Stronger – Review by Dr. Fionnuala Brennan (Programme Leader, Higher Certificate in Custodial Care, Waterford Institute of Technology) and Raphael O’Keeffe (Assistant Governor, Wheatfield Prison)
Theatre makes space for stories to be told and voices to be heard. This, too, is the aim of restorative practice and restorative justice. Both confront us with experiences that can be hard to listen to. The thought of sitting with uncomfortable stories is never easy – whether it is going to a challenging play, or opening a difficult conversation. Preparing for a restorative conference is a long, difficult process that can only happen with the skill and experience of supporting professionals. ‘Stronger’ takes us through that process from the perspective of Janice, a teacher who has been raped by Damon, a student known to her. Janice teaches art in a school we take to be for young people with a history of offending. As we write this, we’re looking for the right language to describe the school, dismissing words like ‘juvenile delinquents’, and considering words like ‘early school-leavers’. That challenge of language – the words we use for people and events, and the impact that has on the people involved in those events – is something that stood out from the play and the subsequent enlightening panel discussion.
As the play unfolds, the character of Janice encourages that of Damon to develop his artistic potential. One lunchtime, when the school is empty of staff and students, Damon rapes her. He steals her car and later crashes it. He is arrested and ultimately pleads guilty to the charges. There are many times in the play when the power of language is highlighted – both in relation to the words we don’t use and the words we do – and the play shows us the impact of those words on Janice. Her loving husband, for example, struggles to know how to be supportive. He cannot bring himself to use the word ‘rape’ to describe what happened, which in turn frustrates and angers Janice. Does she feel this as a denial of what took place? In court, the judge tells Damon that he has ‘ruined this woman’s life’, to which she reacts with a scream. However, we don’t get to hear more about what Janice has to say to this, or to her experience: because Damon pleads guilty, Janice doesn’t have an opportunity to speak in court at all.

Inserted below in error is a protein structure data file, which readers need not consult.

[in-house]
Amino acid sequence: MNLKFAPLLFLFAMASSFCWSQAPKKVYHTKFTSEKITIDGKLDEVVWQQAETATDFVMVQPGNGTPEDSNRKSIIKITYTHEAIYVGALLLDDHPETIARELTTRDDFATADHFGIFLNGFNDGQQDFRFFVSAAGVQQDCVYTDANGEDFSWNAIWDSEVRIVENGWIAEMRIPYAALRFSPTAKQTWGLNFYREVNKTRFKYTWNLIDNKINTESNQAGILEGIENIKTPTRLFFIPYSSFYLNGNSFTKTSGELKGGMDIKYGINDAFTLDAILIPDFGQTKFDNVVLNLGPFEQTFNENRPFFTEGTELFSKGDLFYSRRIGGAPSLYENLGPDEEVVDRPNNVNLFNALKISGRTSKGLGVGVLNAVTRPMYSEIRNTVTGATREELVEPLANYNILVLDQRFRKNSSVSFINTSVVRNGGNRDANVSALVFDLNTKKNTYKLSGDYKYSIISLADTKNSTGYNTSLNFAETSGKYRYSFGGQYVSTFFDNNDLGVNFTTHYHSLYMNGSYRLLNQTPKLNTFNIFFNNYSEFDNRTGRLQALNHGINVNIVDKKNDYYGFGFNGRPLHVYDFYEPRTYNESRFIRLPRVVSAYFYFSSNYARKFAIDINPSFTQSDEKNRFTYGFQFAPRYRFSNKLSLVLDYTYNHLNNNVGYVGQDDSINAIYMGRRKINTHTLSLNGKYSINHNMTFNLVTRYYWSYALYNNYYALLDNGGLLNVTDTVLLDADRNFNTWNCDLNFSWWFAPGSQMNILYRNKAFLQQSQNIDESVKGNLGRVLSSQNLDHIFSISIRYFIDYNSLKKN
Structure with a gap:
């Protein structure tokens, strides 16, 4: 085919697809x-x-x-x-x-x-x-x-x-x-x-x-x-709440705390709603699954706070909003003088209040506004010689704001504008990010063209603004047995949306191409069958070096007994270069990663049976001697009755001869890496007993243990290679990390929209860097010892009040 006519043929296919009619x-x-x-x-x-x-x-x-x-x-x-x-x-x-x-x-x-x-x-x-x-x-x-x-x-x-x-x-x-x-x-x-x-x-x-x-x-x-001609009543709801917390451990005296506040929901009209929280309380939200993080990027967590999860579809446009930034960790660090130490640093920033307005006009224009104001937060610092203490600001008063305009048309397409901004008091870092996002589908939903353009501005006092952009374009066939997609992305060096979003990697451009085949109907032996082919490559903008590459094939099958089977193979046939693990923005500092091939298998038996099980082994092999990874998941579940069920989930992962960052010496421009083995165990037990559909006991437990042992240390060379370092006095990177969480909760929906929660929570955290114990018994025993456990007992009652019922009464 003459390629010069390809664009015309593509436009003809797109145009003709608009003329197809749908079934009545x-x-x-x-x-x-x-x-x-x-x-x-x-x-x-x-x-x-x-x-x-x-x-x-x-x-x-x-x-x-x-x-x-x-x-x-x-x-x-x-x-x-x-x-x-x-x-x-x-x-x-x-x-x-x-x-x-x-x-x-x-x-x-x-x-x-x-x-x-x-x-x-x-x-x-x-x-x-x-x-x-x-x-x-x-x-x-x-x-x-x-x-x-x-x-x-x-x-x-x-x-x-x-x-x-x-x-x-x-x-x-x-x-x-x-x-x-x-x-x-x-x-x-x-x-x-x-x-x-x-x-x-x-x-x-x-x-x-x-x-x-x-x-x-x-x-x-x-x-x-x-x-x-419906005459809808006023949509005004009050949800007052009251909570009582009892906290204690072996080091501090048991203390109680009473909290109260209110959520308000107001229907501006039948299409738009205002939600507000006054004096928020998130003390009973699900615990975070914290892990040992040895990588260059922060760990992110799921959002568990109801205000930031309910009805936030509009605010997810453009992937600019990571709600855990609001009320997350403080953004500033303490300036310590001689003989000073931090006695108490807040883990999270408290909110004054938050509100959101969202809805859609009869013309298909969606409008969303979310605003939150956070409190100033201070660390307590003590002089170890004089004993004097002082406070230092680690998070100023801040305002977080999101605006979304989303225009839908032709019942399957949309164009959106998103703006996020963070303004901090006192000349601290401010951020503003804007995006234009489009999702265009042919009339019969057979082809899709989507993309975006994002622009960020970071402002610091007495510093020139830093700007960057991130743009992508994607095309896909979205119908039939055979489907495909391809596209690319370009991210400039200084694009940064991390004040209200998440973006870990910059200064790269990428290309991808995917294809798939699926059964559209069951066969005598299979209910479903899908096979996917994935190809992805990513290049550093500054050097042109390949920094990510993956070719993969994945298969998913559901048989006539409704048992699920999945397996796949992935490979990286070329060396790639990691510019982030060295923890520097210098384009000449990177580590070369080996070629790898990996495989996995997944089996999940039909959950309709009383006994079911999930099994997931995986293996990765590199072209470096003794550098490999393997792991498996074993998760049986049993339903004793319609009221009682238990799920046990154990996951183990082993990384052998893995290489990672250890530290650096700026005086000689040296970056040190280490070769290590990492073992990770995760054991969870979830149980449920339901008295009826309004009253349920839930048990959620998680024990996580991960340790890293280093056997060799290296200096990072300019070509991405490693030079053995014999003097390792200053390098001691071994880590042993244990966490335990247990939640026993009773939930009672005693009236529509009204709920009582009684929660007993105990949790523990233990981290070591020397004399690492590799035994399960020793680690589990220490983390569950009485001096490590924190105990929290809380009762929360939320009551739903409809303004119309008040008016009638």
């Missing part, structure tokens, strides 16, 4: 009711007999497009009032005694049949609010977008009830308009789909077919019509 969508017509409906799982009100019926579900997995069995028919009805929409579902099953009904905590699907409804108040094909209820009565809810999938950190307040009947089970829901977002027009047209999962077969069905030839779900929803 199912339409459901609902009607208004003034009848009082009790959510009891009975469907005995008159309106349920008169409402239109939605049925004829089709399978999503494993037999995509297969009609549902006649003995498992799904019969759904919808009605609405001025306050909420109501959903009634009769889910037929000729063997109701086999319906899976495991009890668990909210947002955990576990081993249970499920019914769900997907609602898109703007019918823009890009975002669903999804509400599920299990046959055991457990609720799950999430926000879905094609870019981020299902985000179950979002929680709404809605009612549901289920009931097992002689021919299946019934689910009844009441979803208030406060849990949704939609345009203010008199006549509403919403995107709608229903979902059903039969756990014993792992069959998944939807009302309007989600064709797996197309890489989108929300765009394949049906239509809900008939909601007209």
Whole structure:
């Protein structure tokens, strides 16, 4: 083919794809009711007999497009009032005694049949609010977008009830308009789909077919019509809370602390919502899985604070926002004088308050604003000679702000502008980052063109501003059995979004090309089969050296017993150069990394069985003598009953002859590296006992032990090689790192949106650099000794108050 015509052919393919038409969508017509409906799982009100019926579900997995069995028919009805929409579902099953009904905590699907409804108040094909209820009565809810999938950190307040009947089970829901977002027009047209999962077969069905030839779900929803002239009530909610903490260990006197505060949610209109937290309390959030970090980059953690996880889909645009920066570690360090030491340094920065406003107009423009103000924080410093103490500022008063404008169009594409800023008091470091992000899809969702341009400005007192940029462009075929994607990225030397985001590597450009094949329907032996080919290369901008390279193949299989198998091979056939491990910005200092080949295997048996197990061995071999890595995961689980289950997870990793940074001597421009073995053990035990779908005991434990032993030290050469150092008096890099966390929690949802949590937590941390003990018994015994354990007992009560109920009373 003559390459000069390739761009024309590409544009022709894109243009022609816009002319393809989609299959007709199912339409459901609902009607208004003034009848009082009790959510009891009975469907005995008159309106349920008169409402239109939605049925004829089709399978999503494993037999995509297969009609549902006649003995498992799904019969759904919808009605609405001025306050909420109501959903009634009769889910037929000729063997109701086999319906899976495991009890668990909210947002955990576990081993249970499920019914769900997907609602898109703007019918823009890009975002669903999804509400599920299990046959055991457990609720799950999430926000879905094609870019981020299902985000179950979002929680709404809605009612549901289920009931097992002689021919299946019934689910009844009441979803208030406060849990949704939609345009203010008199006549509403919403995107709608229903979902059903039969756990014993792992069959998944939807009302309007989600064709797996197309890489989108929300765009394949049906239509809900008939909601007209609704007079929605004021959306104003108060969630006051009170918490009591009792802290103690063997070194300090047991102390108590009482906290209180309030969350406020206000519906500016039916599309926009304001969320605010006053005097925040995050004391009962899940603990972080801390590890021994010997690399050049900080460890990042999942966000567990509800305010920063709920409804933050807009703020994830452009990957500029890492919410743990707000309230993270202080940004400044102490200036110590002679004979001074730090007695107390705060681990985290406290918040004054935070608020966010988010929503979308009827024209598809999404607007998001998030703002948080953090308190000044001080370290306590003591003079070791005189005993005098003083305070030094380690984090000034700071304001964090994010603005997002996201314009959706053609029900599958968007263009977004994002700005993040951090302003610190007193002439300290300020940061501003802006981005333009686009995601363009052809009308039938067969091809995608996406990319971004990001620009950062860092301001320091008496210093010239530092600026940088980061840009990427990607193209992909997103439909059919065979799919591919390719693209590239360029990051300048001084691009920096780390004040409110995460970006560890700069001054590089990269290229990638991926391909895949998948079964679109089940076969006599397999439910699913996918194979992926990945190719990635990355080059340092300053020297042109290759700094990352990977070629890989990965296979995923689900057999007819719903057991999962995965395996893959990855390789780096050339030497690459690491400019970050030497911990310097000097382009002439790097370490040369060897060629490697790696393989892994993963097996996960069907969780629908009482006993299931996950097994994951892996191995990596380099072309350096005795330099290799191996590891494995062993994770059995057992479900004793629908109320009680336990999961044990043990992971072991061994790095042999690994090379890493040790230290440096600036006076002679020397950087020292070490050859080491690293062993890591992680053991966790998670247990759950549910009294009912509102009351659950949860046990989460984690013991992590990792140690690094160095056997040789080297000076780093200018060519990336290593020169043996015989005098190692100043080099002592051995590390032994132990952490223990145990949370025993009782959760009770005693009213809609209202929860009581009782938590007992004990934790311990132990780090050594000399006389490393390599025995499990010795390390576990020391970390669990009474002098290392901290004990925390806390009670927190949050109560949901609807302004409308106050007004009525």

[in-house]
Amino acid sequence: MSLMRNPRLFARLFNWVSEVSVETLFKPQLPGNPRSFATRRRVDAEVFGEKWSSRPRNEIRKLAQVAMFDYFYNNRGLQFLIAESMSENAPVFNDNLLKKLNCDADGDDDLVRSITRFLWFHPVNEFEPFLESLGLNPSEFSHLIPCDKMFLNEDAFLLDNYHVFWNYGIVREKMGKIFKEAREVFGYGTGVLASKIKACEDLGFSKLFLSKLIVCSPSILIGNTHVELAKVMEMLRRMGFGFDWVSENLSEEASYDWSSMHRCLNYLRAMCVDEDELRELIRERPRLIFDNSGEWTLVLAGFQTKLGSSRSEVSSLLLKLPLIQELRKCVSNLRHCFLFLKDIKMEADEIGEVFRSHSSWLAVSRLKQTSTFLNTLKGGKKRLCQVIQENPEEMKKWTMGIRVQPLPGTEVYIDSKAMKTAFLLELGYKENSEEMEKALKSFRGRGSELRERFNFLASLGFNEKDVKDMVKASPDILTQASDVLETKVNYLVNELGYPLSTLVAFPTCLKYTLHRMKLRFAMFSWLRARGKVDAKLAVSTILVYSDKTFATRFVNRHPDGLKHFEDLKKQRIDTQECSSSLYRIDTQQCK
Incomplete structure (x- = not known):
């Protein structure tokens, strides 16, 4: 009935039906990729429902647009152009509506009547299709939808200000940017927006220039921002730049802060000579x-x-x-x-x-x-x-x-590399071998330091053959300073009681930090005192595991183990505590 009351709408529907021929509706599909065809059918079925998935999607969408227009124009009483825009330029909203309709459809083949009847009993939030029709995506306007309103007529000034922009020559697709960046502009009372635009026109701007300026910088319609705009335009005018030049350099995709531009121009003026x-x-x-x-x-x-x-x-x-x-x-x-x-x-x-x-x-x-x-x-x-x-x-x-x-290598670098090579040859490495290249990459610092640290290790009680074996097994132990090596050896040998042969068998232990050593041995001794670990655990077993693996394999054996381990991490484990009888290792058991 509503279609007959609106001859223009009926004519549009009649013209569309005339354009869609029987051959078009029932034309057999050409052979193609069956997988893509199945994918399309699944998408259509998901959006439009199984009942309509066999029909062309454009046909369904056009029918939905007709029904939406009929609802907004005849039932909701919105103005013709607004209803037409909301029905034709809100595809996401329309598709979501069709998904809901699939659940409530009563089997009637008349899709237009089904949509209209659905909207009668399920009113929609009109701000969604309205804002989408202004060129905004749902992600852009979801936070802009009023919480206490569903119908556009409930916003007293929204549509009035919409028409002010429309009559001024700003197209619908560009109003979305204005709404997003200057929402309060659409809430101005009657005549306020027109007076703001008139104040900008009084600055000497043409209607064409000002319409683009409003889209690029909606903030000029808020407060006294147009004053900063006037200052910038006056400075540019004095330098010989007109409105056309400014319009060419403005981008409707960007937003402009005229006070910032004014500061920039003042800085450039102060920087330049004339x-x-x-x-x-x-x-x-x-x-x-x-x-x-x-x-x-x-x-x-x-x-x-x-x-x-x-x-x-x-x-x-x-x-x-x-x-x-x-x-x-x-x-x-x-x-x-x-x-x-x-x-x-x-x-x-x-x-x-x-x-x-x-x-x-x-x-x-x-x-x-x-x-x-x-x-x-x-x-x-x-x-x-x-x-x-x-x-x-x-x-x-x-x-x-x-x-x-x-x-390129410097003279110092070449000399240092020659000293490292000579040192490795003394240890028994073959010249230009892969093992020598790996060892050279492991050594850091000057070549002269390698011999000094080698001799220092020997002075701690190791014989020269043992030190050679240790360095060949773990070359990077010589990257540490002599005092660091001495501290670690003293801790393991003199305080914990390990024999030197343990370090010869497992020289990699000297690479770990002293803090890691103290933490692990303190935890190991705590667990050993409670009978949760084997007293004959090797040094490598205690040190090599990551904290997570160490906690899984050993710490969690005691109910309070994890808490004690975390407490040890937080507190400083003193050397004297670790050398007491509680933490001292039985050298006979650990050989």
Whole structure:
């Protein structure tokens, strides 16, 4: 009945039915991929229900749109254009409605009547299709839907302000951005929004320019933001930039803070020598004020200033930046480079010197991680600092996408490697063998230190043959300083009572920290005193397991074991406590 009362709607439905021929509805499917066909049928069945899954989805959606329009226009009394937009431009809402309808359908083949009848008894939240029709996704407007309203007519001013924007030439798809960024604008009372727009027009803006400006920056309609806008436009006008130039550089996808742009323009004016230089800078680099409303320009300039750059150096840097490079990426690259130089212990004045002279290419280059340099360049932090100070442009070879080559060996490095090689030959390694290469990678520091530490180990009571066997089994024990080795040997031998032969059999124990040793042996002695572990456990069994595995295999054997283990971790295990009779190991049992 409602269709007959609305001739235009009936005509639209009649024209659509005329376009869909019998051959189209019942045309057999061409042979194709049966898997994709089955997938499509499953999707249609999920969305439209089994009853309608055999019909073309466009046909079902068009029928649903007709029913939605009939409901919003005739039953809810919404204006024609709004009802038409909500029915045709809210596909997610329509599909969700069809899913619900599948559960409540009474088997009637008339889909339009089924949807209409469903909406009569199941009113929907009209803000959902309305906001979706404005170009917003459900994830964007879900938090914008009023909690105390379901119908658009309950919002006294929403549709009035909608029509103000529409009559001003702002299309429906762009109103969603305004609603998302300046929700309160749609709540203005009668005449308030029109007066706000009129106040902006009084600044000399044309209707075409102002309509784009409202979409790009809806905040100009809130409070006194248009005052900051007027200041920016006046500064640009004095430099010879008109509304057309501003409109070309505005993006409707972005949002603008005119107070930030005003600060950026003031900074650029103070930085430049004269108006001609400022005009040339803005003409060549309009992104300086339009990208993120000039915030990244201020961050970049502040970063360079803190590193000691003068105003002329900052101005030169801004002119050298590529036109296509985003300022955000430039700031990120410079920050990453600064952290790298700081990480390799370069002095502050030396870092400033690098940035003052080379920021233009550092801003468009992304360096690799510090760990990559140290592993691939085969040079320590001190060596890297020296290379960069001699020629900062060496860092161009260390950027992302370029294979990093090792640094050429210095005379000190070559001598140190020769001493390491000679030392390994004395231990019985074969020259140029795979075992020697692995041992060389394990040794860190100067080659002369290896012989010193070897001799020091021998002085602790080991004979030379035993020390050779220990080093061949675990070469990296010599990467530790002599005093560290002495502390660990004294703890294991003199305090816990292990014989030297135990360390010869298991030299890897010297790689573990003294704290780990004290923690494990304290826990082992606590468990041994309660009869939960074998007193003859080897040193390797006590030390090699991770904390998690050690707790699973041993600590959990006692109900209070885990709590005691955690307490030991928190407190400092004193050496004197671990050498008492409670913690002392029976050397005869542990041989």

Restorative practice asks us to develop relationships where we talk and do things with people, rather than to or for them. When we do things with people, they retain some agency and control. This seems to be the crux of the problem for Janice: other people have decided the outcome of the rape and the appropriate justice. While Damon receives a custodial sentence, Janice says: ‘I still have to fix myself’. She persists in seeking an opportunity to speak with Damon, to ask questions and to have her voice heard. She wants to take back agency and control. When the restorative meeting with Damon eventually takes place, despite the lack of support provided by most of the people around her, the audience is given the sense that it helps her move forward in her healing journey; in ‘fixing’ herself.
We left the theatre with a number of questions, which is rather the point of going to the theatre. It was fantastic to hear these being teased out at the panel discussion. Noeline Blackwell of the Dublin Rape Crisis Centre outlined that the terms ‘victim’, ‘survivor’ and ‘injured party’ can all be used, depending on which term is the preference of the person who has suffered. And it’s that choice and agency around telling your own story and choosing your own terms that Janice does not feel she has been allowed in the criminal justice system. As the playwright, Geoff Power, points out, for Janice it’s not about the sentence. Strang and Braithwaite talk about the restorative justice process as a way of rebuilding relationships. The teacher-student relationship that existed did not prevent the crime, but it did provide the frame within which Janice and Damon could move to think about the restorative path. In the restorative meeting. Janice repeats the question ‘why’, but Damon is unable to give her an answer to this – maybe because there is no answer. Is it necessary for questions to be answered in a restorative meeting in order for it to promote healing? In the panel discussion, Tim Chapman shared the experience of an RJ participant he has worked with, who found that the process was not so much about finding answers to the questions. Rather, it was about losing the questions from their own mind.
‘Stronger’ and other creative expressions of crime, injury and healing, provide a crucial platform for discussion, a safe space to learn the language to tell the most difficult stories, and a way to support those who have stories to tell.
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Dublin Theatre Festival